Roberts and Blackledge recently settled a case against the City of Hattiesburg on behalf of a Richard Tapp, an employee of the Hattiesburg Police Department. Our client brought the suit against his former employer because he was not granted the due process to which he was entitled by the police department’s own policies and procedures. In the suit, Tapp sought damages for back pay and front pay, as well as attorney fees and other emotional damages.
Richard Tapp, a former chaplain and fleet manager with the Hattiesburg Police Department, was fired for insubordination after he refused to make a statement about a sexual harassment charge without a lawyer present. Tapp had already been cleared of the same sexual harassment allegation months earlier in an internal investigation.
Sexual harassment is a valid social issue, but it was not the material issue of law that was the subject of this case. The Hattiesburg Police Department has a detailed protocol for providing due process to employees, and they did not follow it. Tapp, like all other terminated officers at the Police Department, have a right to due process before being terminated.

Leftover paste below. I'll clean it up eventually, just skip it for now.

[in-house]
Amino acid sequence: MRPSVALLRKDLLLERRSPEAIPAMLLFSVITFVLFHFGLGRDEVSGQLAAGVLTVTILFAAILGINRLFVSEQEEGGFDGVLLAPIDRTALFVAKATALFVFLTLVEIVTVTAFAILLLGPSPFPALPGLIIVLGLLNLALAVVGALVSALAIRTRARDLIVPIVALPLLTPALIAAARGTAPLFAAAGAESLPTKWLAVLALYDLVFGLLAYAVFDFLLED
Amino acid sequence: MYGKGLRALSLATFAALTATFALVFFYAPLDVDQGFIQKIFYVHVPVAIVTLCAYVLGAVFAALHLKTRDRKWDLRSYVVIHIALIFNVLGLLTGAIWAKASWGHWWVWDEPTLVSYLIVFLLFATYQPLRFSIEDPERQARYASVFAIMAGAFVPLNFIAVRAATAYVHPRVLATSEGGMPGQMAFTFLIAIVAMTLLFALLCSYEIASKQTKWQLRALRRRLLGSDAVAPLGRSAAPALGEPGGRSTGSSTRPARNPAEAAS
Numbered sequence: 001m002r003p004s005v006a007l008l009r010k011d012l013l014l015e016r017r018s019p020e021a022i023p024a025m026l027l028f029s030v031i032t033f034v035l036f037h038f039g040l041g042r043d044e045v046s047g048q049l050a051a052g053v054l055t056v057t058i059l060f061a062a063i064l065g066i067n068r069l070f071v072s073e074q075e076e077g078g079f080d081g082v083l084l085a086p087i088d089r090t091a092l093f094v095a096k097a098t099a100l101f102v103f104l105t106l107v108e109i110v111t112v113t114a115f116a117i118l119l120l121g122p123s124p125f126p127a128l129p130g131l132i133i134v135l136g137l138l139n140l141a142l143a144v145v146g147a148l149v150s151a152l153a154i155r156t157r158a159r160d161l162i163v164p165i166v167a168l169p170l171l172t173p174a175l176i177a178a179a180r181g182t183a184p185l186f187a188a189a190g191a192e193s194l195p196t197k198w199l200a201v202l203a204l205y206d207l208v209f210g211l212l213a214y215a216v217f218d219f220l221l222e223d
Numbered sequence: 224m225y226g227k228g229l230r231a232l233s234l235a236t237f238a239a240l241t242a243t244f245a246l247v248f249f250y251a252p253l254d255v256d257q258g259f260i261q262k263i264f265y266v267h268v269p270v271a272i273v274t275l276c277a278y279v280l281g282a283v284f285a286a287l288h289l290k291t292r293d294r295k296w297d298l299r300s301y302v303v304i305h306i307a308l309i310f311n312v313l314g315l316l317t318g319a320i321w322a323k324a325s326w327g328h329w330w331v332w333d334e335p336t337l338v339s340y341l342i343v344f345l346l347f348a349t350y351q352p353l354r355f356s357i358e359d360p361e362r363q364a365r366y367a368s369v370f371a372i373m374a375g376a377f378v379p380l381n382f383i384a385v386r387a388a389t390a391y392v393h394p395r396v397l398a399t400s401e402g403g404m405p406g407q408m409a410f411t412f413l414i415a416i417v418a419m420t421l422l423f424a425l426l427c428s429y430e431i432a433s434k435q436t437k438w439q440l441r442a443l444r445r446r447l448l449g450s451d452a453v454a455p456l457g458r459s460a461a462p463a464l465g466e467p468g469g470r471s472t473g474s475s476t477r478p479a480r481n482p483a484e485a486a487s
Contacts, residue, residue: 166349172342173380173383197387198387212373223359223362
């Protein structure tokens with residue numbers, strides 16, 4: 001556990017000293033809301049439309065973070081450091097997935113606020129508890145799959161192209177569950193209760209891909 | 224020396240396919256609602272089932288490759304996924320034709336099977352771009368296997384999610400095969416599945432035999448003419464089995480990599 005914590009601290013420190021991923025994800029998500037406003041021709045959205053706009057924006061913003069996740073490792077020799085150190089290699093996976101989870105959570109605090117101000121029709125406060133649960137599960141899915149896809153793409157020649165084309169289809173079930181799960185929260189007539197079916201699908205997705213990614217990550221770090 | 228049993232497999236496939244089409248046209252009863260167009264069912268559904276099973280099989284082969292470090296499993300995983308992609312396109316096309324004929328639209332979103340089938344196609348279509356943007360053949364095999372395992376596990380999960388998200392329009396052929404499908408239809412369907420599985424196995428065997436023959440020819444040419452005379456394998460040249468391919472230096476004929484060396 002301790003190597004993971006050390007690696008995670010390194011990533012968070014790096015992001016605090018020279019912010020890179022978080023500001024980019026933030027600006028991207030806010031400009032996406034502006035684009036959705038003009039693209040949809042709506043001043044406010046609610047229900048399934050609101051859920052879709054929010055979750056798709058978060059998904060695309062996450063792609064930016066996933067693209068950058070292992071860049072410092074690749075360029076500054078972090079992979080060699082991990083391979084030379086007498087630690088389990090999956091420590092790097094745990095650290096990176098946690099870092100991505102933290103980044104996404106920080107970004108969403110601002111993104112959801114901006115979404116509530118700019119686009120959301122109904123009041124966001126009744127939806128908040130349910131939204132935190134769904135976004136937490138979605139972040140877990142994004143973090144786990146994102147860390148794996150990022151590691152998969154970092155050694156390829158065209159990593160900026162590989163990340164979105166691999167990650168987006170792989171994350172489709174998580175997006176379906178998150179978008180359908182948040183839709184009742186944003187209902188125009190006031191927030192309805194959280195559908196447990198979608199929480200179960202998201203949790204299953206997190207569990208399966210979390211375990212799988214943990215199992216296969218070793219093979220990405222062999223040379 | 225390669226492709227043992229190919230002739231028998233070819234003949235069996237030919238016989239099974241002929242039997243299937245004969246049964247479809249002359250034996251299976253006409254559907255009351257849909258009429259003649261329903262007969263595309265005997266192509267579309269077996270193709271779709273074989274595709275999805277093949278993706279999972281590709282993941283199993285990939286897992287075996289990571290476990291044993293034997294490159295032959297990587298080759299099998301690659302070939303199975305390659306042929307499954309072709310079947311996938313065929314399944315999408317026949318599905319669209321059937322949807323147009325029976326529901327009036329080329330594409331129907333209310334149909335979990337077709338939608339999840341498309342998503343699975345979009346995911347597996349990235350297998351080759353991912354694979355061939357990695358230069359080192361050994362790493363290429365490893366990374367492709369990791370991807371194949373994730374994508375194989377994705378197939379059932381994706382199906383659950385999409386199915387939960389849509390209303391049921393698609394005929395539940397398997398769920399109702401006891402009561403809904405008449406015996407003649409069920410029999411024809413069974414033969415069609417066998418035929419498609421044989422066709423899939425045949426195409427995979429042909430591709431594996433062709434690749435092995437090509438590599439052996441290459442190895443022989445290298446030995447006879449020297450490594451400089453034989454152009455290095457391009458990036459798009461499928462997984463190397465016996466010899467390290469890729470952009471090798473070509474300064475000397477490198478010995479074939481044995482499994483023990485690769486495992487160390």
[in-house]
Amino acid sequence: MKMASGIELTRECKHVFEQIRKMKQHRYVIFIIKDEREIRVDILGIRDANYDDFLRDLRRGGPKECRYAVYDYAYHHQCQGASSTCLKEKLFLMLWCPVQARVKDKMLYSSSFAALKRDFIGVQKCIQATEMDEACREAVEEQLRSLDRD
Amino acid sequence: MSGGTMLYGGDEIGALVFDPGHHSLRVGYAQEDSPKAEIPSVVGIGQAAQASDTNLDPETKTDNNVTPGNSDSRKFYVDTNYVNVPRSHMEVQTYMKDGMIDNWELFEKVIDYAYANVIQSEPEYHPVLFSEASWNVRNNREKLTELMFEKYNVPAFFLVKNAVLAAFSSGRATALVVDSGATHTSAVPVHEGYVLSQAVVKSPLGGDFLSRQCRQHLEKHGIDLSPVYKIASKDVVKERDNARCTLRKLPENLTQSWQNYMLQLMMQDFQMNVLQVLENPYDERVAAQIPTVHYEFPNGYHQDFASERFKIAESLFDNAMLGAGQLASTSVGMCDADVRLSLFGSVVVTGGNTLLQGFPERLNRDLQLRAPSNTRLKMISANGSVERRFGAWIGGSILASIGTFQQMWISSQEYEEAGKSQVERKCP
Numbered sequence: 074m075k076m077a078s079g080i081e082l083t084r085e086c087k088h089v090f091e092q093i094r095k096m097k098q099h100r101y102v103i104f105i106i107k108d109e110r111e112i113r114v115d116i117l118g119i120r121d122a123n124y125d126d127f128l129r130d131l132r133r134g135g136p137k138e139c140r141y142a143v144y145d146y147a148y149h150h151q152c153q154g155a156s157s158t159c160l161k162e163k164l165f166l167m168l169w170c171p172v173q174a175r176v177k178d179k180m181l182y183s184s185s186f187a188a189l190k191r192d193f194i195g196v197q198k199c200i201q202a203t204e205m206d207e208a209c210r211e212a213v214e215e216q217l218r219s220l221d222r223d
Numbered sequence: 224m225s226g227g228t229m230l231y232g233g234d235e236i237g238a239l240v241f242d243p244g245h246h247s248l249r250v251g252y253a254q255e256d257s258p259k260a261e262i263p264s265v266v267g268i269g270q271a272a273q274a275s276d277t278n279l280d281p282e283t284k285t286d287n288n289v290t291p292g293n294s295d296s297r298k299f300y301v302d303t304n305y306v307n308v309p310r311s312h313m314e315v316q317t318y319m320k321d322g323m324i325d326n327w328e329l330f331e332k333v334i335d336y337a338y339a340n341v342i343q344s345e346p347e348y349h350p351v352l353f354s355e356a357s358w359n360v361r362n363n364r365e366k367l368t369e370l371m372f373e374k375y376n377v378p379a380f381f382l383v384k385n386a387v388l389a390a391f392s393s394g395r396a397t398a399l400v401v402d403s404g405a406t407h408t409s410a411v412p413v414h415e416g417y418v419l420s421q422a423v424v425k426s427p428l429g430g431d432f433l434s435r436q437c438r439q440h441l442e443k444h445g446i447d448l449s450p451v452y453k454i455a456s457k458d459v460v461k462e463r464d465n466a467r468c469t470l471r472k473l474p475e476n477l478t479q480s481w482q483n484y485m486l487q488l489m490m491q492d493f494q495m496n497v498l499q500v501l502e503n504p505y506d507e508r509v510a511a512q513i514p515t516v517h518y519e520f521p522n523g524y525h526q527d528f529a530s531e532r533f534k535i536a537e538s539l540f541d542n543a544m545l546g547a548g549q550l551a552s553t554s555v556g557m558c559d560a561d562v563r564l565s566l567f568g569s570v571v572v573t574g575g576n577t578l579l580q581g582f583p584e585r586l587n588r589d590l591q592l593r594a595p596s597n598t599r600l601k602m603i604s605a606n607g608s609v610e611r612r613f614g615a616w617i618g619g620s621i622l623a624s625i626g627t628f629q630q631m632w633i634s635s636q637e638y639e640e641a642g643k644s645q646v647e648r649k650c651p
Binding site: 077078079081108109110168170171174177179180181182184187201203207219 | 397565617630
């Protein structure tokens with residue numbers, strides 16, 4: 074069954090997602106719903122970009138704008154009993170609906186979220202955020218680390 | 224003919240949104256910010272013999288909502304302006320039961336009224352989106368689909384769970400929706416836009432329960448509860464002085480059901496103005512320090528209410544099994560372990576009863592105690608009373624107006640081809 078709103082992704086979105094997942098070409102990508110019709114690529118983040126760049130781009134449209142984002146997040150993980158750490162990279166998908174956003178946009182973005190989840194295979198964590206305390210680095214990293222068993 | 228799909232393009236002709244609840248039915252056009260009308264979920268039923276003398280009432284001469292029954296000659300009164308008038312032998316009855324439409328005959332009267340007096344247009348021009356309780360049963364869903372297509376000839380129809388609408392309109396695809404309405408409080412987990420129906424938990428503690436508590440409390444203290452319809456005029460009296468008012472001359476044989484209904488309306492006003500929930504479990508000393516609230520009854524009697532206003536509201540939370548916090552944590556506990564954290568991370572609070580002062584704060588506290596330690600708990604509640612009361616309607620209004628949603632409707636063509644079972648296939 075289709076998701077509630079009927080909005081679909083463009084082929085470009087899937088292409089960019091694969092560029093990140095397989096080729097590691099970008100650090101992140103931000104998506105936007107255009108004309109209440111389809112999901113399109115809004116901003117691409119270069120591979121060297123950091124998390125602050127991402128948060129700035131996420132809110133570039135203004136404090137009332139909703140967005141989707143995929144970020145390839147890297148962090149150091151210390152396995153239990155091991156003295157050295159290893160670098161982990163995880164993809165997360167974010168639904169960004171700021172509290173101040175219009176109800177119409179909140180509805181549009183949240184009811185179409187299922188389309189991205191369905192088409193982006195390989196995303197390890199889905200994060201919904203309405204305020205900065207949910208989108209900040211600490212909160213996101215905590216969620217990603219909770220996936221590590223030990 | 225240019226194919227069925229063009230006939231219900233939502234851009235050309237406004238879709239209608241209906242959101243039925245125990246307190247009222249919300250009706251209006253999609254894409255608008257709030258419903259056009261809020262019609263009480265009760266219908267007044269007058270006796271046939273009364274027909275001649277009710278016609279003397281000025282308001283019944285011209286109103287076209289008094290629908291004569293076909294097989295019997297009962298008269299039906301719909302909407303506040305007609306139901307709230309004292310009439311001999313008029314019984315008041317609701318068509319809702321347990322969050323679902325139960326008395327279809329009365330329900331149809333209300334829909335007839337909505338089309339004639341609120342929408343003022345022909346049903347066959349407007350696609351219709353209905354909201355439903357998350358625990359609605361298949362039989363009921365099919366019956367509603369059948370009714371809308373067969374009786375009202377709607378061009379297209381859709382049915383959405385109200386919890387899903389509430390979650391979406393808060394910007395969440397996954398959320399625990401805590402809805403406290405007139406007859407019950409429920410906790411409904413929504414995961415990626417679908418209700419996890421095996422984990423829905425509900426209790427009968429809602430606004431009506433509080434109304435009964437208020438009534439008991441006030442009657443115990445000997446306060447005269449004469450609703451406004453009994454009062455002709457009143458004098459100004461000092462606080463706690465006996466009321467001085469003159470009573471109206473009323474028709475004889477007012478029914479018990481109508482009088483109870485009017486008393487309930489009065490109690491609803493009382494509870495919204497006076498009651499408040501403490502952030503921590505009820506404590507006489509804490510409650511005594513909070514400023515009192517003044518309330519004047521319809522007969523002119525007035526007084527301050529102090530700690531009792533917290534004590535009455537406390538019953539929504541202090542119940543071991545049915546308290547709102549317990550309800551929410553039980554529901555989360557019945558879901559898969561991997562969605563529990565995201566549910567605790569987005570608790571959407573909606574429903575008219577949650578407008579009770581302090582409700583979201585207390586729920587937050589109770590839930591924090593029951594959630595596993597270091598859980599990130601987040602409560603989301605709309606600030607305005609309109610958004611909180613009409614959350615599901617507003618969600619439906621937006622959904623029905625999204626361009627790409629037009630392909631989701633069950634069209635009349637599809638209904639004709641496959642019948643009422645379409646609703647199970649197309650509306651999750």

While the settlement reached with the Police Department did not admit any fault on the part of the defendant, Tapp certainly felt vindicated by the result.
The lesson to be learned by all employers is this: when you have a handbook, or in this case governmental policies and procedures, following the written policies is essential. Failing to follow policies may cause liability on the part of the employer.